told the truth. One of these lies is graphically and indisputably
demonstrated by intelligence we collected on June 27, last year.
According to Iraq's December 7 declaration, its UAVs have a range
of only 80 kilometers. But we detected one of Iraq's newest UAVs in a
test flight that went 500 kilometers nonstop on autopilot in the race
track pattern depicted here.
Not only is this test well in excess of the 150 kilometers that the
United Nations permits, the test was left out of Iraq's December 7th
declaration. The UAV was flown around and around and around in a
circle. And so, that its 80 kilometer limit really was 500 kilometers
unrefueled and on autopilot, violative of all of its obligations under
The linkages over the past 10 years between Iraq's UAV program and
biological and chemical warfare agents are of deep concern to us. Iraq
could use these small UAVs which have a wingspan of only a few meters
to deliver biological agents to its neighbors or if transported, to
other countries, including the United States.
My friends, the information I have presented to you about these
terrible weapons and about Iraq's continued flaunting of its
obligations under Security Council Resolution 1441 links to a subject I
now want to spend a little bit of time on. And that has to do with
Our concern is not just about these elicit weapons. It's the way
that these elicit weapons can be connected to terrorists and terrorist
organizations that have no compunction about using such devices against
innocent people around the world.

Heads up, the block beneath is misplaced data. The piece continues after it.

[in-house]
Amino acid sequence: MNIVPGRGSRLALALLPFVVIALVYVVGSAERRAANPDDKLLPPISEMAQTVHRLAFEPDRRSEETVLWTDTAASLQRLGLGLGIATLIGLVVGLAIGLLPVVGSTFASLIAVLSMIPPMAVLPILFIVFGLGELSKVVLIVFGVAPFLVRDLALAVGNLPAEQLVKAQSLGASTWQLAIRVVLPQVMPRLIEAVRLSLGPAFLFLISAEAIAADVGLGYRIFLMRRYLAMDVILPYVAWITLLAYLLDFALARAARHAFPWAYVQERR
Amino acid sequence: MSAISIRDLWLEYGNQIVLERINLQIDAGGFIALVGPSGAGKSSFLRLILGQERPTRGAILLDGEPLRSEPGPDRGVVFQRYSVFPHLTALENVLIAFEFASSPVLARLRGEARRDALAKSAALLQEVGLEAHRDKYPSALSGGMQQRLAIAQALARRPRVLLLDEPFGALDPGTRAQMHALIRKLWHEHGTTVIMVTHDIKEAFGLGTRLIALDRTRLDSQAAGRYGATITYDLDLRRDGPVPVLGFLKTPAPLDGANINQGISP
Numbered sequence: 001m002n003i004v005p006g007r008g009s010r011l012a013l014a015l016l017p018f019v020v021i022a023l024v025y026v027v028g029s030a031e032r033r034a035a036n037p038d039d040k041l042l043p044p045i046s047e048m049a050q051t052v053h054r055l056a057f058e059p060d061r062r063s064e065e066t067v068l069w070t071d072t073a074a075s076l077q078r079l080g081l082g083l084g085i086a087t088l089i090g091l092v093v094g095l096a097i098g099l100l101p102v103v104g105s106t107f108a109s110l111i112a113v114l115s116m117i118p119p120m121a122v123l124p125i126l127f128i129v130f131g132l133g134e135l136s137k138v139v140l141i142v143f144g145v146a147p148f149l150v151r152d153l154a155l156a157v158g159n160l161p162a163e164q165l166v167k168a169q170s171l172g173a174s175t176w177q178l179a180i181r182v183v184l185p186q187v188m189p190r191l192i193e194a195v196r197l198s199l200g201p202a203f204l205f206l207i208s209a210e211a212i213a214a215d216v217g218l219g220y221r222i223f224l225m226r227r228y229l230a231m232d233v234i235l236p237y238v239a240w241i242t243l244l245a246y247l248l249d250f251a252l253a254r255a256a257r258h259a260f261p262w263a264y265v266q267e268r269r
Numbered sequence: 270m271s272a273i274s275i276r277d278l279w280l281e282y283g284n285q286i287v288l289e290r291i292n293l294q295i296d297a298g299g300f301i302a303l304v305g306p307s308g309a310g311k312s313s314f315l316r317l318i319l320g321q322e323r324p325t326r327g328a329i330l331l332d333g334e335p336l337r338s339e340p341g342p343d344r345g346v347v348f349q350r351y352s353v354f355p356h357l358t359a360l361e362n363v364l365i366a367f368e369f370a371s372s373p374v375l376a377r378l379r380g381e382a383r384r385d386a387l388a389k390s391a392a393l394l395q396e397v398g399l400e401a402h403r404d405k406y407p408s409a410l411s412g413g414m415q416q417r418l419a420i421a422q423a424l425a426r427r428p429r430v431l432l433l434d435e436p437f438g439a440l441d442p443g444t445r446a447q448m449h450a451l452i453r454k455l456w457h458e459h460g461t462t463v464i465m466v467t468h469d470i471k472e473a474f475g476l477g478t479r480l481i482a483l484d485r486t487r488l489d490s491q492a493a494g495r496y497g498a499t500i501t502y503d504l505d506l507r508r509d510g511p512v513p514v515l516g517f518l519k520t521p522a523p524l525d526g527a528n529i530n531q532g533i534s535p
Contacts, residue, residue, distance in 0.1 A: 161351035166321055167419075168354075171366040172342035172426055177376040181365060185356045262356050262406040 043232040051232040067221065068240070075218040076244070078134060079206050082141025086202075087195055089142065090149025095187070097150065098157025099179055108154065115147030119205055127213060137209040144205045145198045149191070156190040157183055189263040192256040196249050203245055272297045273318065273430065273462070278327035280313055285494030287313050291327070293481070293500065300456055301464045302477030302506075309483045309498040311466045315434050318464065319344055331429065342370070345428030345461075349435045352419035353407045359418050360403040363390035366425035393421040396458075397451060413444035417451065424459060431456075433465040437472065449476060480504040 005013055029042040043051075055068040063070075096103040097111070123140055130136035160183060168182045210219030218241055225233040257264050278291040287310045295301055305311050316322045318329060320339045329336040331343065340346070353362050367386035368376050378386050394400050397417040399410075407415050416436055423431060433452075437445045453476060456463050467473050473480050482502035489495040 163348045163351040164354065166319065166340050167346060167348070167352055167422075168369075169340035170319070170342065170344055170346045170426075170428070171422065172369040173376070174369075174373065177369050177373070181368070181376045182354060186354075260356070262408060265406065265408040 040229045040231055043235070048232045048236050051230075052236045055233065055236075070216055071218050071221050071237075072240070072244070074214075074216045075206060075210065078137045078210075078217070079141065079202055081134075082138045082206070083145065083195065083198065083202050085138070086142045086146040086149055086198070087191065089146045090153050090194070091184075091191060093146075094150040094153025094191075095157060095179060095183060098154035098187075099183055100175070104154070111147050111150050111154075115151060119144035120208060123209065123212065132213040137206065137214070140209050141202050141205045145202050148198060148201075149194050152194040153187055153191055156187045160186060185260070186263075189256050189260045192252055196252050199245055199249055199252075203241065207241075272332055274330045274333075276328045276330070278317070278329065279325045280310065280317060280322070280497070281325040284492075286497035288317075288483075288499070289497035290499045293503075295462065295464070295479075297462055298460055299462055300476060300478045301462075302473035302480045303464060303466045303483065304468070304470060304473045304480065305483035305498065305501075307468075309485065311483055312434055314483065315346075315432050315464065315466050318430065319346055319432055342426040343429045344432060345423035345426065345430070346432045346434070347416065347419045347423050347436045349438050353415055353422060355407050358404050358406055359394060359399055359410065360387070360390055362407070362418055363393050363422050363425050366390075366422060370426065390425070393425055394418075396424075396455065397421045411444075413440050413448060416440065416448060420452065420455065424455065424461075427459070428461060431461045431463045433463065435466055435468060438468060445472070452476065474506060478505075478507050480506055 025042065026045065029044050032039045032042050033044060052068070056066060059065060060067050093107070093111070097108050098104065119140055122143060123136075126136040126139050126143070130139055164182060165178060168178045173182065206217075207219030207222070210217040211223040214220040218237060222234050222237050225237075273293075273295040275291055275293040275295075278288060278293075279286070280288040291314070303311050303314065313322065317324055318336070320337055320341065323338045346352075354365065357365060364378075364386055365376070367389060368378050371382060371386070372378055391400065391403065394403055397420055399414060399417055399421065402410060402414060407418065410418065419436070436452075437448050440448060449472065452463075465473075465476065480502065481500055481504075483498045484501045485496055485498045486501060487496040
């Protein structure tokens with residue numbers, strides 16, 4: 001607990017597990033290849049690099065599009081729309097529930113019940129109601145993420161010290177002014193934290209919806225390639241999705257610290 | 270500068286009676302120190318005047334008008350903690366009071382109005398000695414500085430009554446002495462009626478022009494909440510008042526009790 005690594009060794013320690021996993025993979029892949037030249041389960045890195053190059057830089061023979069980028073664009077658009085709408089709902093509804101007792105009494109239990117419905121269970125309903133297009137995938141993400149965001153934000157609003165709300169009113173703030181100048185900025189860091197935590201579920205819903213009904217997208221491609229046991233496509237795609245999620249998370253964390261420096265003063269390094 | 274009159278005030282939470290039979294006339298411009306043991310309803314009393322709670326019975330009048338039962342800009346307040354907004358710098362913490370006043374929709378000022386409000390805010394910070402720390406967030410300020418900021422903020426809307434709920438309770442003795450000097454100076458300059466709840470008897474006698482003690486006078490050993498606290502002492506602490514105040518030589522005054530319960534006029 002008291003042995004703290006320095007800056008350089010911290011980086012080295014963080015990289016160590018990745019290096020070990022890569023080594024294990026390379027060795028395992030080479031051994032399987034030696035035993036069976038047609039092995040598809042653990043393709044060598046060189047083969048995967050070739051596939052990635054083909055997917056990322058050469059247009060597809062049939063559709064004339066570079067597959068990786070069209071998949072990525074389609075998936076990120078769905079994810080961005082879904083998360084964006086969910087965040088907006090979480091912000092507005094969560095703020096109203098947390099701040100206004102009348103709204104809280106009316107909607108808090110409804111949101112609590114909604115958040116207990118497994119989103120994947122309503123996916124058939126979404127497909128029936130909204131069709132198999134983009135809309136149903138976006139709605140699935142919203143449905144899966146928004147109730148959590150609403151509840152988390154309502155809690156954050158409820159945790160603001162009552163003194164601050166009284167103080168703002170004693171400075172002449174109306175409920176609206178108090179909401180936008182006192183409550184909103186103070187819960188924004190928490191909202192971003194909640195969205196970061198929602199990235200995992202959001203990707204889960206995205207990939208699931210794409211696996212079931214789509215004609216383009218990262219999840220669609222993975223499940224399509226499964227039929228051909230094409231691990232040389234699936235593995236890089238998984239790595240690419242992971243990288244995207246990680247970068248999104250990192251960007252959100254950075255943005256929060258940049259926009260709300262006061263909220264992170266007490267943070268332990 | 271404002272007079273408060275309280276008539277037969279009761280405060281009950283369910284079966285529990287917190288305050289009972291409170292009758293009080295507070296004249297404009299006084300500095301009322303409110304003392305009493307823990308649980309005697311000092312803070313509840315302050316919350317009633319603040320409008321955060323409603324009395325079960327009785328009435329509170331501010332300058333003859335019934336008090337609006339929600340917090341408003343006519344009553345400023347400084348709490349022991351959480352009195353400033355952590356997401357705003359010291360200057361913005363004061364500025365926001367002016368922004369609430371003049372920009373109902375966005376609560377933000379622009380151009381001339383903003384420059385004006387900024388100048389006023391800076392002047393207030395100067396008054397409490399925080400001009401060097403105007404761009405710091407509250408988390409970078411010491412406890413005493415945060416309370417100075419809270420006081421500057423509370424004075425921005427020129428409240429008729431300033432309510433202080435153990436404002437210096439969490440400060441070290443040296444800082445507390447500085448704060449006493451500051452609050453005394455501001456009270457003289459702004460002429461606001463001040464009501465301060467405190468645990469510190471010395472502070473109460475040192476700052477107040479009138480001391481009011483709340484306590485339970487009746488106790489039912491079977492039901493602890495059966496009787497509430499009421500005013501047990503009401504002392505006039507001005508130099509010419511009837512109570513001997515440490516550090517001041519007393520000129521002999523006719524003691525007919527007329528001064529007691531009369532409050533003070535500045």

Iraq and terrorism go back decades. Baghdad trains Palestine
Liberation Front members in small arms and explosives. Saddam uses the
Arab Liberation Front to funnel money to the families of Palestinian
suicide bombers in order to prolong the Intifada. And it's no secret
that Saddam's own intelligence service was involved in dozens of
attacks or attempted assassinations in the 1990s.
But what I want to bring to your attention today is the potentially
much more sinister nexus between Iraq and the Al Qaida terrorist
network, a nexus that combines classic terrorist organizations and
modern methods of murder. Iraq today harbors a deadly terrorist network
headed by Abu Musab Al-Zarqawi, an associated in collaborator of Osama
bin Laden and his Al Qaida lieutenants.
Zarqawi, a Palestinian born in Jordan, fought in the Afghan war
more than a decade ago. Returning to Afghanistan in 2000, he oversaw a
terrorist training camp. One of his specialities and one of the
specialties of this camp is poisons. When our coalition ousted the
Taliban, the Zarqaqi network helped establish another poison and
explosive training center camp. And this camp is located in
POWELL: You see a picture of this camp.
The network is teaching its operatives how to produce ricin and
other poisons. Let me remind you how ricin works. Less than a
pinch--image a pinch of salt--less than a pinch of ricin, eating just
this amount in your food, would cause shock followed by circulatory
failure. Death comes within 72 hours and there is no antidote, there is
no cure. It is fatal.
Those helping to run this camp are Zarqawi lieutenants operating in
northern Kurdish areas outside Saddam Hussein's controlled Iraq. But
Baghdad has an agent in the most senior levels of the radical
organization, Ansar al-Islam, that controls this corner of Iraq. In
2000 this agent offered Al Qaida safe haven in the region. After we
swept Al Qaida from Afghanistan, some of its members accepted this safe
haven. They remain their today.
Zarqawi's activities are not confined to this small corner of north
east Iraq. He traveled to Baghdad in May 2002 for medical treatment,
staying in the capital of Iraq for two months while he recuperated to
fight another day.
During this stay, nearly two dozen extremists converged on Baghdad
and established a base of operations there. These Al Qaida affiliates,